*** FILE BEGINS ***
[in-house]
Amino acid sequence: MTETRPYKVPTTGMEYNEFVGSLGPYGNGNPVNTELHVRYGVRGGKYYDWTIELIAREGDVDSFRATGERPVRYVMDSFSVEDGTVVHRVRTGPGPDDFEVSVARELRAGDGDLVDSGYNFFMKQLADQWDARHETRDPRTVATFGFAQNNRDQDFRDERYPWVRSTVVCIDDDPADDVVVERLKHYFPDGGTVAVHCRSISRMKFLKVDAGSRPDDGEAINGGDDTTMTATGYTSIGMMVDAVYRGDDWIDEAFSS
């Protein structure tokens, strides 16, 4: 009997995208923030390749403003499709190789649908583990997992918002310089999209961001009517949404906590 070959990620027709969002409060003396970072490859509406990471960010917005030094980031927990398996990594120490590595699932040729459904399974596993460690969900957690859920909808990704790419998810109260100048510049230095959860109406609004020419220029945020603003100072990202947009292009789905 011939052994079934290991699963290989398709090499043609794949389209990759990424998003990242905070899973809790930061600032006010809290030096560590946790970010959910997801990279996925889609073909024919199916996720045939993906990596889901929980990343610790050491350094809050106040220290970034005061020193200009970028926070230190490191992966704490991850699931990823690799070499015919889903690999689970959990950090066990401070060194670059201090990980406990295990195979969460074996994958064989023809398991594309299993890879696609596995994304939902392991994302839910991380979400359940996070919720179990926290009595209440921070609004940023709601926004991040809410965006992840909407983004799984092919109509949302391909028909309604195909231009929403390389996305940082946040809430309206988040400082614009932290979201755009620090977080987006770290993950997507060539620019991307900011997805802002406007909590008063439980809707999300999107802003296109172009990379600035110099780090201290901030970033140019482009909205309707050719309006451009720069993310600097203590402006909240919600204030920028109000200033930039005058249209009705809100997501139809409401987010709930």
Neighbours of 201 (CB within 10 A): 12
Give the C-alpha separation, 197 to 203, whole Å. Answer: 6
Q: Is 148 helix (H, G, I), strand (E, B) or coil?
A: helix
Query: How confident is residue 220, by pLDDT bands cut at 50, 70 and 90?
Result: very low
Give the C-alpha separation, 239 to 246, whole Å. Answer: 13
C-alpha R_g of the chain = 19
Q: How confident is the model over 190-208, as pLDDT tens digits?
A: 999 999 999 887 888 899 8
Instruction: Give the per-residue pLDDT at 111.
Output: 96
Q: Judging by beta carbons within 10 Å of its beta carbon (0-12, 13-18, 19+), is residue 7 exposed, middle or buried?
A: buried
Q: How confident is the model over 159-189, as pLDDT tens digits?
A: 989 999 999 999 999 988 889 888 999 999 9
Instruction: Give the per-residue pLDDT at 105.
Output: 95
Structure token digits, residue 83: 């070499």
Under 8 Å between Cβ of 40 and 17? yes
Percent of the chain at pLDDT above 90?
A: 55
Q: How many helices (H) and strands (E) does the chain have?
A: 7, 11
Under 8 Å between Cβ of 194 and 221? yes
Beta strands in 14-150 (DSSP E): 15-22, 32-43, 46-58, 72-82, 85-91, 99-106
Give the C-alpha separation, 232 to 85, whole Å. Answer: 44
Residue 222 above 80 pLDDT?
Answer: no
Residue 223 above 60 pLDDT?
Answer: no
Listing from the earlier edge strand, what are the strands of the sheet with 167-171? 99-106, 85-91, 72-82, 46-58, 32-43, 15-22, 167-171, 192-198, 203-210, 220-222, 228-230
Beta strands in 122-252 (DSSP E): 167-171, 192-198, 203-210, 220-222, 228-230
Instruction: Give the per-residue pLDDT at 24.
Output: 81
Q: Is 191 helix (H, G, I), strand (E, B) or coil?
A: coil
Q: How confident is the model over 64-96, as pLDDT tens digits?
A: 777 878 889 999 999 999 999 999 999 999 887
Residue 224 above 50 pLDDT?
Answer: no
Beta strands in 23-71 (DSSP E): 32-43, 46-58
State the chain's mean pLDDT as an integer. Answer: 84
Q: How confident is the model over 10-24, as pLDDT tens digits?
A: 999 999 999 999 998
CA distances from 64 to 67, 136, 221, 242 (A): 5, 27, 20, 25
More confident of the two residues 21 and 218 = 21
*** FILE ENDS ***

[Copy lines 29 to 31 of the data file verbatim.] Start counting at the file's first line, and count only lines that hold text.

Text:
Beta strands in 14-150 (DSSP E): 15-22, 32-43, 46-58, 72-82, 85-91, 99-106
Give the C-alpha separation, 232 to 85, whole Å. Answer: 44
Residue 222 above 80 pLDDT?